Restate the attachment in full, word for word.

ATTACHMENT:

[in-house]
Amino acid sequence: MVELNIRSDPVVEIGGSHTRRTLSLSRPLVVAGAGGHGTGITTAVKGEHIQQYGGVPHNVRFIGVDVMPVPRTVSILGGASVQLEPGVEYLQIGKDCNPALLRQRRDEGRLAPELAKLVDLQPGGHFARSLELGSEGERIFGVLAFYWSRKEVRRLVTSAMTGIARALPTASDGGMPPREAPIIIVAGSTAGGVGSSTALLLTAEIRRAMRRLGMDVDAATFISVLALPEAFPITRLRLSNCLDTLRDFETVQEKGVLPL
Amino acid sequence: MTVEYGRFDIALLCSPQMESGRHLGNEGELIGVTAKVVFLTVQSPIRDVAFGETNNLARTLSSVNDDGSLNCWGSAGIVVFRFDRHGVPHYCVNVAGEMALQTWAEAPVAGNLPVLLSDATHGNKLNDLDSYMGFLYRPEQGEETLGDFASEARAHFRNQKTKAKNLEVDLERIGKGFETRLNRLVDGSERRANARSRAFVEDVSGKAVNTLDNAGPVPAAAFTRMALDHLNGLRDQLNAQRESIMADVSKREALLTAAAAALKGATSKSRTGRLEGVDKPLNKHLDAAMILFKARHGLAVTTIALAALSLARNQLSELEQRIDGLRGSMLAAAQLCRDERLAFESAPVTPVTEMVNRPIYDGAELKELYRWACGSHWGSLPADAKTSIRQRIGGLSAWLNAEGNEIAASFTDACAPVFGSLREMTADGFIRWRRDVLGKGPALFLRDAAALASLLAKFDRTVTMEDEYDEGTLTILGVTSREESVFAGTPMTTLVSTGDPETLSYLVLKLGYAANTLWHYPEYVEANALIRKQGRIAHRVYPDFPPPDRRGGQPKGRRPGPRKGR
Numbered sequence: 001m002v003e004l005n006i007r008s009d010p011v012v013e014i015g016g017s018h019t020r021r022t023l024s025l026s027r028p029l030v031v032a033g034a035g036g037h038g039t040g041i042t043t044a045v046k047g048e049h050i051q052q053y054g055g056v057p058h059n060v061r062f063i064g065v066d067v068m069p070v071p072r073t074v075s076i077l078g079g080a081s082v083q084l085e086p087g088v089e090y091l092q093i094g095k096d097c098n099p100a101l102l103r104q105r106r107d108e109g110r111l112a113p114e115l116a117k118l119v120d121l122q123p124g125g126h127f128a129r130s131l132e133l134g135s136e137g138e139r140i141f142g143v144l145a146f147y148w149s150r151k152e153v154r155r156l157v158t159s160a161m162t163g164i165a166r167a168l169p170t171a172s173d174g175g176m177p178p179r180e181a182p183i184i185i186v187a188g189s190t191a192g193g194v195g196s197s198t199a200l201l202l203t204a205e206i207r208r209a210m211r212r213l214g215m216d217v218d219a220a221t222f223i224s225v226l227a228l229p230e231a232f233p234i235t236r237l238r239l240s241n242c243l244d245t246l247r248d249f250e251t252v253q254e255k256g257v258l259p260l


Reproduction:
[in-house]
Amino acid sequence: MVELNIRSDPVVEIGGSHTRRTLSLSRPLVVAGAGGHGTGITTAVKGEHIQQYGGVPHNVRFIGVDVMPVPRTVSILGGASVQLEPGVEYLQIGKDCNPALLRQRRDEGRLAPELAKLVDLQPGGHFARSLELGSEGERIFGVLAFYWSRKEVRRLVTSAMTGIARALPTASDGGMPPREAPIIIVAGSTAGGVGSSTALLLTAEIRRAMRRLGMDVDAATFISVLALPEAFPITRLRLSNCLDTLRDFETVQEKGVLPL
Amino acid sequence: MTVEYGRFDIALLCSPQMESGRHLGNEGELIGVTAKVVFLTVQSPIRDVAFGETNNLARTLSSVNDDGSLNCWGSAGIVVFRFDRHGVPHYCVNVAGEMALQTWAEAPVAGNLPVLLSDATHGNKLNDLDSYMGFLYRPEQGEETLGDFASEARAHFRNQKTKAKNLEVDLERIGKGFETRLNRLVDGSERRANARSRAFVEDVSGKAVNTLDNAGPVPAAAFTRMALDHLNGLRDQLNAQRESIMADVSKREALLTAAAAALKGATSKSRTGRLEGVDKPLNKHLDAAMILFKARHGLAVTTIALAALSLARNQLSELEQRIDGLRGSMLAAAQLCRDERLAFESAPVTPVTEMVNRPIYDGAELKELYRWACGSHWGSLPADAKTSIRQRIGGLSAWLNAEGNEIAASFTDACAPVFGSLREMTADGFIRWRRDVLGKGPALFLRDAAALASLLAKFDRTVTMEDEYDEGTLTILGVTSREESVFAGTPMTTLVSTGDPETLSYLVLKLGYAANTLWHYPEYVEANALIRKQGRIAHRVYPDFPPPDRRGGQPKGRRPGPRKGR
Numbered sequence: 001m002v003e004l005n006i007r008s009d010p011v012v013e014i015g016g017s018h019t020r021r022t023l024s025l026s027r028p029l030v031v032a033g034a035g036g037h038g039t040g041i042t043t044a045v046k047g048e049h050i051q052q053y054g055g056v057p058h059n060v061r062f063i064g065v066d067v068m069p070v071p072r073t074v075s076i077l078g079g080a081s082v083q084l085e086p087g088v089e090y091l092q093i094g095k096d097c098n099p100a101l102l103r104q105r106r107d108e109g110r111l112a113p114e115l116a117k118l119v120d121l122q123p124g125g126h127f128a129r130s131l132e133l134g135s136e137g138e139r140i141f142g143v144l145a146f147y148w149s150r151k152e153v154r155r156l157v158t159s160a161m162t163g164i165a166r167a168l169p170t171a172s173d174g175g176m177p178p179r180e181a182p183i184i185i186v187a188g189s190t191a192g193g194v195g196s197s198t199a200l201l202l203t204a205e206i207r208r209a210m211r212r213l214g215m216d217v218d219a220a221t222f223i224s225v226l227a228l229p230e231a232f233p234i235t236r237l238r239l240s241n242c243l244d245t246l247r248d249f250e251t252v253q254e255k256g257v258l259p260l